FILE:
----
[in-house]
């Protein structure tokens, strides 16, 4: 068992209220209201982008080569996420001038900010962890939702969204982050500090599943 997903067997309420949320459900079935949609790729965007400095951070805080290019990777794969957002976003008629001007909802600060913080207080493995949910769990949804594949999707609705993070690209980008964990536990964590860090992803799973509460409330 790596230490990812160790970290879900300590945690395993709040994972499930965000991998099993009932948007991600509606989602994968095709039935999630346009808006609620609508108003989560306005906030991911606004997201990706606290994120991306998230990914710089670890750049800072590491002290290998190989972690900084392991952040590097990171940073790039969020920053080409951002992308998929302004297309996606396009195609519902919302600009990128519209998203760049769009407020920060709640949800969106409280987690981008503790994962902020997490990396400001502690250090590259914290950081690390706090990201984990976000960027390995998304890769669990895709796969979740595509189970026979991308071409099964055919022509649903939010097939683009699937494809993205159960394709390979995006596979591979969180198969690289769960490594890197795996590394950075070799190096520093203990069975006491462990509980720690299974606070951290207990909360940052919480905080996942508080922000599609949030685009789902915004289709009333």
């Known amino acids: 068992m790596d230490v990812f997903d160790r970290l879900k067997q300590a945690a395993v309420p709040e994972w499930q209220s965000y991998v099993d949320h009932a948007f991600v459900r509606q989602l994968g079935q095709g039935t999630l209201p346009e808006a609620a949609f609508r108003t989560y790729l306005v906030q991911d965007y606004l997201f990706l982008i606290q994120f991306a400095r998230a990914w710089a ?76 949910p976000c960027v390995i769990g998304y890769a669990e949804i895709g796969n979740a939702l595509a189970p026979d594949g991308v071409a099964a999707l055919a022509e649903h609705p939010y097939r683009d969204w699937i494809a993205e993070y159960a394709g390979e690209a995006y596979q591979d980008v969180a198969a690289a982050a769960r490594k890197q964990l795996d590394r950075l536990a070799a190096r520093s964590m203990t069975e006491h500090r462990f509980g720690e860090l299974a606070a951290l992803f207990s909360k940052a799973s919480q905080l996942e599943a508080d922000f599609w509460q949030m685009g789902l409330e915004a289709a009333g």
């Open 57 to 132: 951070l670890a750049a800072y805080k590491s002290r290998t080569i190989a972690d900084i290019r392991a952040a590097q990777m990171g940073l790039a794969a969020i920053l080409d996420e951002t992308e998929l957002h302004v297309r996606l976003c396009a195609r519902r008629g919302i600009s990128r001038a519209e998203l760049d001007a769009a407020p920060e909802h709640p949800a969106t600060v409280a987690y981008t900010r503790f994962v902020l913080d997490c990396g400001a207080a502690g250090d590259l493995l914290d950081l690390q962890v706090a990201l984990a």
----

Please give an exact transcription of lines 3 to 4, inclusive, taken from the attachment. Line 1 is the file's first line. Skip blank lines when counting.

């Known amino acids: 068992m790596d230490v990812f997903d160790r970290l879900k067997q300590a945690a395993v309420p709040e994972w499930q209220s965000y991998v099993d949320h009932a948007f991600v459900r509606q989602l994968g079935q095709g039935t999630l209201p346009e808006a609620a949609f609508r108003t989560y790729l306005v906030q991911d965007y606004l997201f990706l982008i606290q994120f991306a400095r998230a990914w710089a ?76 949910p976000c960027v390995i769990g998304y890769a669990e949804i895709g796969n979740a939702l595509a189970p026979d594949g991308v071409a099964a999707l055919a022509e649903h609705p939010y097939r683009d969204w699937i494809a993205e993070y159960a394709g390979e690209a995006y596979q591979d980008v969180a198969a690289a982050a769960r490594k890197q964990l795996d590394r950075l536990a070799a190096r520093s964590m203990t069975e006491h500090r462990f509980g720690e860090l299974a606070a951290l992803f207990s909360k940052a799973s919480q905080l996942e599943a508080d922000f599609w509460q949030m685009g789902l409330e915004a289709a009333g």
């Open 57 to 132: 951070l670890a750049a800072y805080k590491s002290r290998t080569i190989a972690d900084i290019r392991a952040a590097q990777m990171g940073l790039a794969a969020i920053l080409d996420e951002t992308e998929l957002h302004v297309r996606l976003c396009a195609r519902r008629g919302i600009s990128r001038a519209e998203l760049d001007a769009a407020p920060e909802h709640p949800a969106t600060v409280a987690y981008t900010r503790f994962v902020l913080d997490c990396g400001a207080a502690g250090d590259l493995l914290d950081l690390q962890v706090a990201l984990a």